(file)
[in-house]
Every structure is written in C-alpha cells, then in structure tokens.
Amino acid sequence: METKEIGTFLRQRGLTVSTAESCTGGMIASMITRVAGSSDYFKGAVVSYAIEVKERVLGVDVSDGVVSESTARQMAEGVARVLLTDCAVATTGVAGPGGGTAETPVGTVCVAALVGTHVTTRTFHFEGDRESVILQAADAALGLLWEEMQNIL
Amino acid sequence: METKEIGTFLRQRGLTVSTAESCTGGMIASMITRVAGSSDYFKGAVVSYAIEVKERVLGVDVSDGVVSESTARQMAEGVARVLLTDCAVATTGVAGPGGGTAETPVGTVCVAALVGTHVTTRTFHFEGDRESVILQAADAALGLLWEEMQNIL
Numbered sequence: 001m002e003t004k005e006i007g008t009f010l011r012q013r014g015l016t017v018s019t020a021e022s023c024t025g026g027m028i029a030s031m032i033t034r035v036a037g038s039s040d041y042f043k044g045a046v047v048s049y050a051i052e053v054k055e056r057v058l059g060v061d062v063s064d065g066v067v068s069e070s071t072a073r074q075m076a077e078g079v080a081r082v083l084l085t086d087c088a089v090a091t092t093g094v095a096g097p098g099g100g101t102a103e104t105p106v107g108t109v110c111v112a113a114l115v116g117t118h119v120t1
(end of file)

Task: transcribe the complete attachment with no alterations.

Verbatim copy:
[in-house]
Every structure is written in C-alpha cells, then in structure tokens.
Amino acid sequence: METKEIGTFLRQRGLTVSTAESCTGGMIASMITRVAGSSDYFKGAVVSYAIEVKERVLGVDVSDGVVSESTARQMAEGVARVLLTDCAVATTGVAGPGGGTAETPVGTVCVAALVGTHVTTRTFHFEGDRESVILQAADAALGLLWEEMQNIL
Amino acid sequence: METKEIGTFLRQRGLTVSTAESCTGGMIASMITRVAGSSDYFKGAVVSYAIEVKERVLGVDVSDGVVSESTARQMAEGVARVLLTDCAVATTGVAGPGGGTAETPVGTVCVAALVGTHVTTRTFHFEGDRESVILQAADAALGLLWEEMQNIL
Numbered sequence: 001m002e003t004k005e006i007g008t009f010l011r012q013r014g015l016t017v018s019t020a021e022s023c024t025g026g027m028i029a030s031m032i033t034r035v036a037g038s039s040d041y042f043k044g045a046v047v048s049y050a051i052e053v054k055e056r057v058l059g060v061d062v063s064d065g066v067v068s069e070s071t072a073r074q075m076a077e078g079v080a081r082v083l084l085t086d087c088a089v090a091t092t093g094v095a096g097p098g099g100g101t102a103e104t105p106v107g108t109v110c111v112a113a114l115v116g117t118h119v120t1